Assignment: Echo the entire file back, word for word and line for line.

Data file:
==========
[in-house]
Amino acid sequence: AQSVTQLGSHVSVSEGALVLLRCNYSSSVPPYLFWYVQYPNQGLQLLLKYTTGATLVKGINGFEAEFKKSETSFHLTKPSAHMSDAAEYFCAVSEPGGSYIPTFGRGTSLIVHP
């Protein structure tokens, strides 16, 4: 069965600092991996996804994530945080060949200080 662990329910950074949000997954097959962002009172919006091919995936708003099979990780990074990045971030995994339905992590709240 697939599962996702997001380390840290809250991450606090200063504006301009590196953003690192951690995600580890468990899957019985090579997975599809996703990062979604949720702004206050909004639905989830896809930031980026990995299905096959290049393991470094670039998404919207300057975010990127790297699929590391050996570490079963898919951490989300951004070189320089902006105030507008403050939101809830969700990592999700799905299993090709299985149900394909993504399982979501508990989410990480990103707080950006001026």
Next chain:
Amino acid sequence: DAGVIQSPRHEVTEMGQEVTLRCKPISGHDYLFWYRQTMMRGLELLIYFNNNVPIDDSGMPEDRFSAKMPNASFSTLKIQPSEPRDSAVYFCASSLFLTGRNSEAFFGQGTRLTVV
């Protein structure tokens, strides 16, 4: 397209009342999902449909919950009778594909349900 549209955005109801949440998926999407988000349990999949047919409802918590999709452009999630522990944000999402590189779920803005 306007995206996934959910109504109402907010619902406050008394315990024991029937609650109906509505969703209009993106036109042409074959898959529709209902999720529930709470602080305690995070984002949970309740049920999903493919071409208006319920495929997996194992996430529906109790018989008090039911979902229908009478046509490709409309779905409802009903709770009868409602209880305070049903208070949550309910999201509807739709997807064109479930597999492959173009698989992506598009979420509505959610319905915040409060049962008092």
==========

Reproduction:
[in-house]
Amino acid sequence: AQSVTQLGSHVSVSEGALVLLRCNYSSSVPPYLFWYVQYPNQGLQLLLKYTTGATLVKGINGFEAEFKKSETSFHLTKPSAHMSDAAEYFCAVSEPGGSYIPTFGRGTSLIVHP
């Protein structure tokens, strides 16, 4: 069965600092991996996804994530945080060949200080 662990329910950074949000997954097959962002009172919006091919995936708003099979990780990074990045971030995994339905992590709240 697939599962996702997001380390840290809250991450606090200063504006301009590196953003690192951690995600580890468990899957019985090579997975599809996703990062979604949720702004206050909004639905989830896809930031980026990995299905096959290049393991470094670039998404919207300057975010990127790297699929590391050996570490079963898919951490989300951004070189320089902006105030507008403050939101809830969700990592999700799905299993090709299985149900394909993504399982979501508990989410990480990103707080950006001026």
Next chain:
Amino acid sequence: DAGVIQSPRHEVTEMGQEVTLRCKPISGHDYLFWYRQTMMRGLELLIYFNNNVPIDDSGMPEDRFSAKMPNASFSTLKIQPSEPRDSAVYFCASSLFLTGRNSEAFFGQGTRLTVV
């Protein structure tokens, strides 16, 4: 397209009342999902449909919950009778594909349900 549209955005109801949440998926999407988000349990999949047919409802918590999709452009999630522990944000999402590189779920803005 306007995206996934959910109504109402907010619902406050008394315990024991029937609650109906509505969703209009993106036109042409074959898959529709209902999720529930709470602080305690995070984002949970309740049920999903493919071409208006319920495929997996194992996430529906109790018989008090039911979902229908009478046509490709409309779905409802009903709770009868409602209880305070049903208070949550309910999201509807739709997807064109479930597999492959173009698989992506598009979420509505959610319905915040409060049962008092």